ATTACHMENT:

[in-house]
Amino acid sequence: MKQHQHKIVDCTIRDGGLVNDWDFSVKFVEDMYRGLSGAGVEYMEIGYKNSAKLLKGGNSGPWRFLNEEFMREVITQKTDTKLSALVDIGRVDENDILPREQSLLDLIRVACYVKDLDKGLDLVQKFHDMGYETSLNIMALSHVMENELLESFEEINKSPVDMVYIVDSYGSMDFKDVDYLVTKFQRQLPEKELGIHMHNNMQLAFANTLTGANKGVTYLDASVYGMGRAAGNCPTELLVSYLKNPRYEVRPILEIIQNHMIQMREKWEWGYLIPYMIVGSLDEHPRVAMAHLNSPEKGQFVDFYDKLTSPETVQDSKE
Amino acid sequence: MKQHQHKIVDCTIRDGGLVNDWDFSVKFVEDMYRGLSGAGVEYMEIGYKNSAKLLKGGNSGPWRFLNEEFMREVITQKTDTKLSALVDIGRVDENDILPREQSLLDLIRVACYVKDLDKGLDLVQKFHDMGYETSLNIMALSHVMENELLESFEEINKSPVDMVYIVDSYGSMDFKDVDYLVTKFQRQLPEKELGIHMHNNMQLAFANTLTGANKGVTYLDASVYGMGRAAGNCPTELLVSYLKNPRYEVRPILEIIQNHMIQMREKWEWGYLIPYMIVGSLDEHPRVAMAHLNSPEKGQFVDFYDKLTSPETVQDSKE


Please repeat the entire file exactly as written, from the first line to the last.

[in-house]
Amino acid sequence: MKQHQHKIVDCTIRDGGLVNDWDFSVKFVEDMYRGLSGAGVEYMEIGYKNSAKLLKGGNSGPWRFLNEEFMREVITQKTDTKLSALVDIGRVDENDILPREQSLLDLIRVACYVKDLDKGLDLVQKFHDMGYETSLNIMALSHVMENELLESFEEINKSPVDMVYIVDSYGSMDFKDVDYLVTKFQRQLPEKELGIHMHNNMQLAFANTLTGANKGVTYLDASVYGMGRAAGNCPTELLVSYLKNPRYEVRPILEIIQNHMIQMREKWEWGYLIPYMIVGSLDEHPRVAMAHLNSPEKGQFVDFYDKLTSPETVQDSKE
Amino acid sequence: MKQHQHKIVDCTIRDGGLVNDWDFSVKFVEDMYRGLSGAGVEYMEIGYKNSAKLLKGGNSGPWRFLNEEFMREVITQKTDTKLSALVDIGRVDENDILPREQSLLDLIRVACYVKDLDKGLDLVQKFHDMGYETSLNIMALSHVMENELLESFEEINKSPVDMVYIVDSYGSMDFKDVDYLVTKFQRQLPEKELGIHMHNNMQLAFANTLTGANKGVTYLDASVYGMGRAAGNCPTELLVSYLKNPRYEVRPILEIIQNHMIQMREKWEWGYLIPYMIVGSLDEHPRVAMAHLNSPEKGQFVDFYDKLTSPETVQDSKE